Policies to Prevent and Respond to Childhood Lead Exposure
Lead is a toxic substance that has had a devastating effect on American children for decades. Although evidence of lead’s negative impact on children came to light almost as soon as the substance became widely used in products like gasoline and paint, it was not until the 1970s that government agencies began to ban or regulate its use. Children’s blood lead levels declined significantly following these efforts, but many children continue to be exposed through sources such as deteriorating lead paint in homes and lead pipes that carry drinking water. Low-income and minority children are particularly at-risk.
In response to the recent water crisis in Flint, Michigan, and other communities, the Robert Wood Johnson Foundation and the Health Impact Project at the Pew Charitable Trusts published a report that provides a comprehensive and up-to-date analysis of the ways in which children are exposed to lead, and how to prevent that exposure. The report offers evidence-based recommendations to federal, state, and local policymakers on how to prevent and respond to lead exposure among children. Among the key findings: investments made now to address lead exposure will pay dividends later in terms of healthier and more successful generations of children.
Child Trends and its partner organizations, the Urban Institute and the Altarum Institute, were part of the modeling team for the report. The Altarum Institute used the Value of Prevention Tool to estimate the costs and benefits of various interventions. Child Trends and Urban used the Social Genome Model to estimate how preventing lead exposure through various interventions—for example, treating all lead paint in homes built before 1978—would affect children’s later life outcomes, such as their income at age 40. The Social Genome Model, originally developed at the Brookings Institution and based at the Urban Institute, is a collaborative effort of the Brookings Institution, Child Trends, and the Urban Institute. Read more about the model on the Social Genome Project website.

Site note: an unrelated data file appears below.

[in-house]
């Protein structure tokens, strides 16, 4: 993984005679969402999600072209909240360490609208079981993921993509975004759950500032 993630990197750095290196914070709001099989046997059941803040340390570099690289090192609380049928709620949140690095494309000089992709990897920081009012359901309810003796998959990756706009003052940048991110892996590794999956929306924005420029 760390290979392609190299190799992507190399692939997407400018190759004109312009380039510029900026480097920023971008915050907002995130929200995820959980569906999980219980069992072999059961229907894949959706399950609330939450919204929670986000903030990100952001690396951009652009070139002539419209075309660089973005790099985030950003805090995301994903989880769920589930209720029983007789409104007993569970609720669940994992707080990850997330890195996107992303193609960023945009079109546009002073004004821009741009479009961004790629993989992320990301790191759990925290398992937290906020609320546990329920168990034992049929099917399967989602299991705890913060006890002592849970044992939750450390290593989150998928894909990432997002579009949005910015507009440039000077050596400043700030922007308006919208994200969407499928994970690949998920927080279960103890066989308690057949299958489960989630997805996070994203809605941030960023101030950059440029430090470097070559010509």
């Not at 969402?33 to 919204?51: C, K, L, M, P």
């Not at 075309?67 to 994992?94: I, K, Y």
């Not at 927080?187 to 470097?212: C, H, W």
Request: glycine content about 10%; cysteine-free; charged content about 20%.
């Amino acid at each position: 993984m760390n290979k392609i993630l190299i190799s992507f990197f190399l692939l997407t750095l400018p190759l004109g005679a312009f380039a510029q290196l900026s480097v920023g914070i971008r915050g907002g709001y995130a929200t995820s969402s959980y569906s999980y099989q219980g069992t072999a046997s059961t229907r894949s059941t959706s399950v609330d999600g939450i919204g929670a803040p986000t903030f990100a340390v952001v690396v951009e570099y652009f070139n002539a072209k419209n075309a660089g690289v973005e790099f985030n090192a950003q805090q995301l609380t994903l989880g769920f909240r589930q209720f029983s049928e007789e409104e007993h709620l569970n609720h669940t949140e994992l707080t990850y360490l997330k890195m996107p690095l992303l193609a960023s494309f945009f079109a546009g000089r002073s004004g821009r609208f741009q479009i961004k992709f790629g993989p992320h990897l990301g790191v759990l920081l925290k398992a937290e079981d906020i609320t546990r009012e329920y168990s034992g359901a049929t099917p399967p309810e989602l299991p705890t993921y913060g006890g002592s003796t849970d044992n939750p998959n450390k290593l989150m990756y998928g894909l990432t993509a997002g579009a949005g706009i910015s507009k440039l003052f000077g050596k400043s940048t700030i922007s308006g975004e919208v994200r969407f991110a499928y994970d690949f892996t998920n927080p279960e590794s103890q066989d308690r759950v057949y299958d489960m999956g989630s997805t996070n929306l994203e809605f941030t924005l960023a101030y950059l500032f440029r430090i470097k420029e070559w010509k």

This FAQ document provides more information on a variety of topics, including the modeling methods used in the report, how the Social Genome Model and the Value of Prevention tool work, what information was used in the models to produce the estimates of the effects of lead prevention and response in the report, and a discussion of the limitations of the models.
The full report is available on The Pew Charitable Trusts’ website.
View a related video at the Child Trends News Service about how parents can take steps now to protect kids from lead exposure.
Child Trends used a literature search conducted by the Pew Charitable Trusts—and augmented by Child Trends and outside experts—to determine effect sizes for use as inputs for the models. To simulate the effect of preventing lead exposure, Child Trends identified effect sizes for the relationship between children’s blood lead levels and their academic and behavioral outcomes. A table of effect sizes and the sources of these effect sizes can be found here.
To simulate the effect of mitigating lead exposure through early and middle childhood education and care interventions, Child Trends identified effect sizes for evidence-based cognitive and behavioral interventions found to improve academic and behavioral outcomes for similarly disadvantaged children. A table of effect sizes and the sources of these effect sizes can be found here.